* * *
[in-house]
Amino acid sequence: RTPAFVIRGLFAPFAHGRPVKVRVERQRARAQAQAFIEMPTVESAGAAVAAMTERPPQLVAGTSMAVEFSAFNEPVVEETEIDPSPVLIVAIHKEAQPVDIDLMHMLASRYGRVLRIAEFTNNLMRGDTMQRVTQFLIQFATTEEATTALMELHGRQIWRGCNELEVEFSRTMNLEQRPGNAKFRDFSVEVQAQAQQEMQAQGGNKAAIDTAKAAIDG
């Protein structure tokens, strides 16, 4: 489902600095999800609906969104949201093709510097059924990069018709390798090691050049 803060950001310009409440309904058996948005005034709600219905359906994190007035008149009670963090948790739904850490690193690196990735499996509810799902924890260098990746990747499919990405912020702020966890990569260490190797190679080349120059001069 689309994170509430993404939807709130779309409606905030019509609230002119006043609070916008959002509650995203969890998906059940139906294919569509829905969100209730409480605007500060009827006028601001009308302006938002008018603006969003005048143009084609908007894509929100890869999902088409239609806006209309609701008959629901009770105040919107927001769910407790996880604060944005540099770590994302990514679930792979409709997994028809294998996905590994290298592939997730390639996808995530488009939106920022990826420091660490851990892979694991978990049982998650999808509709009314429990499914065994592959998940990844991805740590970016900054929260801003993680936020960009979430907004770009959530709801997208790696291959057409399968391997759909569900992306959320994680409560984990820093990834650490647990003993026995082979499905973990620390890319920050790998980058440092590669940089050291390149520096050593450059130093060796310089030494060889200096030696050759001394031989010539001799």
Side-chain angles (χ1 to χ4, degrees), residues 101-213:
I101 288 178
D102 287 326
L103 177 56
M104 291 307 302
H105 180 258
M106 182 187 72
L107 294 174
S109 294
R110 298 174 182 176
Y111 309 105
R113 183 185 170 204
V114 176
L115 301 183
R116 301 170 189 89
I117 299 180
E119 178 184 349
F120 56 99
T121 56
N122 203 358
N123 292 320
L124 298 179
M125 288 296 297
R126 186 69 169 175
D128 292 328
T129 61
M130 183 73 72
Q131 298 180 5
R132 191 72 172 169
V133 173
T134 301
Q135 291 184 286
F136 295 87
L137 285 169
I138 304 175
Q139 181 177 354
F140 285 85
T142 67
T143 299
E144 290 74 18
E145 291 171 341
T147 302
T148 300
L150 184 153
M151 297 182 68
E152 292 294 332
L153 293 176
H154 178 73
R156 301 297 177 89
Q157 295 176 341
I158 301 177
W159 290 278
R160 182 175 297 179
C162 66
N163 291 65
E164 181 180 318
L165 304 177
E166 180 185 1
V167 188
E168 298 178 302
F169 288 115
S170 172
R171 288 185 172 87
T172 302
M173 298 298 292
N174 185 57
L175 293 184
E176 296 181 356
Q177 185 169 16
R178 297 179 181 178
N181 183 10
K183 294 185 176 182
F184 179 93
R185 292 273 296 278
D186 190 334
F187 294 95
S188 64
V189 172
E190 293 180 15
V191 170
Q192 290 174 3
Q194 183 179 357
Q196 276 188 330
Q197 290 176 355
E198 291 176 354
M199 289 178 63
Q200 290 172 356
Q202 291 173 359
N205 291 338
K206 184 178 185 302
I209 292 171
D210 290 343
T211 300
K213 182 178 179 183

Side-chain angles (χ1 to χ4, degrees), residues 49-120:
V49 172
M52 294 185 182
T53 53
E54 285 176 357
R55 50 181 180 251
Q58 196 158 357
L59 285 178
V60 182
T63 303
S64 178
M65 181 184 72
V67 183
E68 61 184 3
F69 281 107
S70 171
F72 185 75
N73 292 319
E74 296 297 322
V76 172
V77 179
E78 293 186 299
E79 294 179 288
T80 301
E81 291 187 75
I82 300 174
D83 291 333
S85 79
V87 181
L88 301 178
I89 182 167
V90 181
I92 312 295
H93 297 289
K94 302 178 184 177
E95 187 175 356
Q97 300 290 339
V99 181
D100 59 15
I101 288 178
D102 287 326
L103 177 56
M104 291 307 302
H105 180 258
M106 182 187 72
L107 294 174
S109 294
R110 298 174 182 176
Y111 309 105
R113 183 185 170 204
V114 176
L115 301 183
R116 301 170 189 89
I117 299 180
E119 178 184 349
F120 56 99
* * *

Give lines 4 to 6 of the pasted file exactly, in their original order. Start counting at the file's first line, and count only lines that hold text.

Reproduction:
Side-chain angles (χ1 to χ4, degrees), residues 101-213:
I101 288 178
D102 287 326